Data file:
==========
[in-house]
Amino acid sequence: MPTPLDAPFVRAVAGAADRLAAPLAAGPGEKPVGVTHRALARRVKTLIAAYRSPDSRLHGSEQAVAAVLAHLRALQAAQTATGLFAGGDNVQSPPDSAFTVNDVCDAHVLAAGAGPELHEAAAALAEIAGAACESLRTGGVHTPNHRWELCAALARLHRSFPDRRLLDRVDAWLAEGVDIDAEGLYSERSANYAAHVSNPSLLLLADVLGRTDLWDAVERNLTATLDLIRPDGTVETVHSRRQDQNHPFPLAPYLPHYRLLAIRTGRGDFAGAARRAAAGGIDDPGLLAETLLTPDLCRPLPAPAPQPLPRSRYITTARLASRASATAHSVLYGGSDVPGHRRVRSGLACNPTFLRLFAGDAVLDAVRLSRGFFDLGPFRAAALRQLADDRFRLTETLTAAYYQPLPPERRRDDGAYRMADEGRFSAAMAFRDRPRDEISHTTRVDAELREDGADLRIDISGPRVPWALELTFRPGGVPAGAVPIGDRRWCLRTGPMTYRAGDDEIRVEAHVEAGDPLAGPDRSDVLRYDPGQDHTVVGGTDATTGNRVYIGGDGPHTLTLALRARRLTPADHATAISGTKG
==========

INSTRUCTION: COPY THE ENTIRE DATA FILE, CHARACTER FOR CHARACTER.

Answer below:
[in-house]
Amino acid sequence: MPTPLDAPFVRAVAGAADRLAAPLAAGPGEKPVGVTHRALARRVKTLIAAYRSPDSRLHGSEQAVAAVLAHLRALQAAQTATGLFAGGDNVQSPPDSAFTVNDVCDAHVLAAGAGPELHEAAAALAEIAGAACESLRTGGVHTPNHRWELCAALARLHRSFPDRRLLDRVDAWLAEGVDIDAEGLYSERSANYAAHVSNPSLLLLADVLGRTDLWDAVERNLTATLDLIRPDGTVETVHSRRQDQNHPFPLAPYLPHYRLLAIRTGRGDFAGAARRAAAGGIDDPGLLAETLLTPDLCRPLPAPAPQPLPRSRYITTARLASRASATAHSVLYGGSDVPGHRRVRSGLACNPTFLRLFAGDAVLDAVRLSRGFFDLGPFRAAALRQLADDRFRLTETLTAAYYQPLPPERRRDDGAYRMADEGRFSAAMAFRDRPRDEISHTTRVDAELREDGADLRIDISGPRVPWALELTFRPGGVPAGAVPIGDRRWCLRTGPMTYRAGDDEIRVEAHVEAGDPLAGPDRSDVLRYDPGQDHTVVGGTDATTGNRVYIGGDGPHTLTLALRARRLTPADHATAISGTKG